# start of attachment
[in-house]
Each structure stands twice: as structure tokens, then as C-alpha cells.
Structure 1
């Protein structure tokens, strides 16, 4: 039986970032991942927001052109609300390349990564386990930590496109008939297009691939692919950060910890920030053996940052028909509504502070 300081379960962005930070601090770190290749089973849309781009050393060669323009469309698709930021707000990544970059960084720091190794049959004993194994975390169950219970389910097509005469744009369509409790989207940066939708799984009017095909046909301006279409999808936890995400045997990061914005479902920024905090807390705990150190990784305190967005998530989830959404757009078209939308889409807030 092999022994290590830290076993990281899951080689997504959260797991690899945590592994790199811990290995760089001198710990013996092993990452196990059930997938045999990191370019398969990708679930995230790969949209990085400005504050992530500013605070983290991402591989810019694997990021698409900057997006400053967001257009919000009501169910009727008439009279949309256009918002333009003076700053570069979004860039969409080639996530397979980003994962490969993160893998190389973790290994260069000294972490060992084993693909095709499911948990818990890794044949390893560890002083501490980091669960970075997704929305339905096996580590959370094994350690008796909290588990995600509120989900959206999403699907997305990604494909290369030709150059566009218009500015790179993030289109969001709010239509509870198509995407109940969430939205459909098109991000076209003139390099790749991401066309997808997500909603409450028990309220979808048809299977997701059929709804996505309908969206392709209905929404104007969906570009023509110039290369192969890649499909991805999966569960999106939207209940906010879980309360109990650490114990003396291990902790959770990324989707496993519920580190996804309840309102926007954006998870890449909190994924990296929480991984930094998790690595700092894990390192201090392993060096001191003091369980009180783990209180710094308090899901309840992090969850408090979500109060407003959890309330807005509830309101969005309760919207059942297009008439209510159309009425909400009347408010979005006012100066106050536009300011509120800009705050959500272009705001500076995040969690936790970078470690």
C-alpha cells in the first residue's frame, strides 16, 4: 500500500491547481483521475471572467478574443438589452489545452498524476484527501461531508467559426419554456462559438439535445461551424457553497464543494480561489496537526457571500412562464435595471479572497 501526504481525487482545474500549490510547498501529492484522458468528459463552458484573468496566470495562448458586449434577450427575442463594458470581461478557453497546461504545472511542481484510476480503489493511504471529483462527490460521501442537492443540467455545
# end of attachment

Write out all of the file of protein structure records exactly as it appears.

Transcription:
[in-house]
Each structure stands twice: as structure tokens, then as C-alpha cells.
Structure 1
């Protein structure tokens, strides 16, 4: 039986970032991942927001052109609300390349990564386990930590496109008939297009691939692919950060910890920030053996940052028909509504502070 300081379960962005930070601090770190290749089973849309781009050393060669323009469309698709930021707000990544970059960084720091190794049959004993194994975390169950219970389910097509005469744009369509409790989207940066939708799984009017095909046909301006279409999808936890995400045997990061914005479902920024905090807390705990150190990784305190967005998530989830959404757009078209939308889409807030 092999022994290590830290076993990281899951080689997504959260797991690899945590592994790199811990290995760089001198710990013996092993990452196990059930997938045999990191370019398969990708679930995230790969949209990085400005504050992530500013605070983290991402591989810019694997990021698409900057997006400053967001257009919000009501169910009727008439009279949309256009918002333009003076700053570069979004860039969409080639996530397979980003994962490969993160893998190389973790290994260069000294972490060992084993693909095709499911948990818990890794044949390893560890002083501490980091669960970075997704929305339905096996580590959370094994350690008796909290588990995600509120989900959206999403699907997305990604494909290369030709150059566009218009500015790179993030289109969001709010239509509870198509995407109940969430939205459909098109991000076209003139390099790749991401066309997808997500909603409450028990309220979808048809299977997701059929709804996505309908969206392709209905929404104007969906570009023509110039290369192969890649499909991805999966569960999106939207209940906010879980309360109990650490114990003396291990902790959770990324989707496993519920580190996804309840309102926007954006998870890449909190994924990296929480991984930094998790690595700092894990390192201090392993060096001191003091369980009180783990209180710094308090899901309840992090969850408090979500109060407003959890309330807005509830309101969005309760919207059942297009008439209510159309009425909400009347408010979005006012100066106050536009300011509120800009705050959500272009705001500076995040969690936790970078470690």
C-alpha cells in the first residue's frame, strides 16, 4: 500500500491547481483521475471572467478574443438589452489545452498524476484527501461531508467559426419554456462559438439535445461551424457553497464543494480561489496537526457571500412562464435595471479572497 501526504481525487482545474500549490510547498501529492484522458468528459463552458484573468496566470495562448458586449434577450427575442463594458470581461478557453497546461504545472511542481484510476480503489493511504471529483462527490460521501442537492443540467455545